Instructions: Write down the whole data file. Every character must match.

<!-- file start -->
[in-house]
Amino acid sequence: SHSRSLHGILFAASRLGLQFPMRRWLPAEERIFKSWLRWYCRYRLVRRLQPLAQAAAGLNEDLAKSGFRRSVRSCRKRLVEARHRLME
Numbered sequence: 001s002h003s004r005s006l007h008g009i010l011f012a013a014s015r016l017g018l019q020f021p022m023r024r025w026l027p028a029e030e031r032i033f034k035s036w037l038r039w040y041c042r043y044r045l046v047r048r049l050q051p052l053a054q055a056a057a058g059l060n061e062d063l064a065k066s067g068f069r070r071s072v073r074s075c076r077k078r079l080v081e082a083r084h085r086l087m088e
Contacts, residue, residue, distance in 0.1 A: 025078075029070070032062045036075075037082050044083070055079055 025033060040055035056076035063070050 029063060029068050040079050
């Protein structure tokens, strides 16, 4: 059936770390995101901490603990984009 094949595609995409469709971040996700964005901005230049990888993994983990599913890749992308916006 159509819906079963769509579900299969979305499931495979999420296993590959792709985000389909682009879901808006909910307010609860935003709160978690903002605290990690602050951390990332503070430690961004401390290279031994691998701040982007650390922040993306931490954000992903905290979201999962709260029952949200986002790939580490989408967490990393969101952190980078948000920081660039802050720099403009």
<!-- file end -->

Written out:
[in-house]
Amino acid sequence: SHSRSLHGILFAASRLGLQFPMRRWLPAEERIFKSWLRWYCRYRLVRRLQPLAQAAAGLNEDLAKSGFRRSVRSCRKRLVEARHRLME
Numbered sequence: 001s002h003s004r005s006l007h008g009i010l011f012a013a014s015r016l017g018l019q020f021p022m023r024r025w026l027p028a029e030e031r032i033f034k035s036w037l038r039w040y041c042r043y044r045l046v047r048r049l050q051p052l053a054q055a056a057a058g059l060n061e062d063l064a065k066s067g068f069r070r071s072v073r074s075c076r077k078r079l080v081e082a083r084h085r086l087m088e
Contacts, residue, residue, distance in 0.1 A: 025078075029070070032062045036075075037082050044083070055079055 025033060040055035056076035063070050 029063060029068050040079050
């Protein structure tokens, strides 16, 4: 059936770390995101901490603990984009 094949595609995409469709971040996700964005901005230049990888993994983990599913890749992308916006 159509819906079963769509579900299969979305499931495979999420296993590959792709985000389909682009879901808006909910307010609860935003709160978690903002605290990690602050951390990332503070430690961004401390290279031994691998701040982007650390922040993306931490954000992903905290979201999962709260029952949200986002790939580490989408967490990393969101952190980078948000920081660039802050720099403009």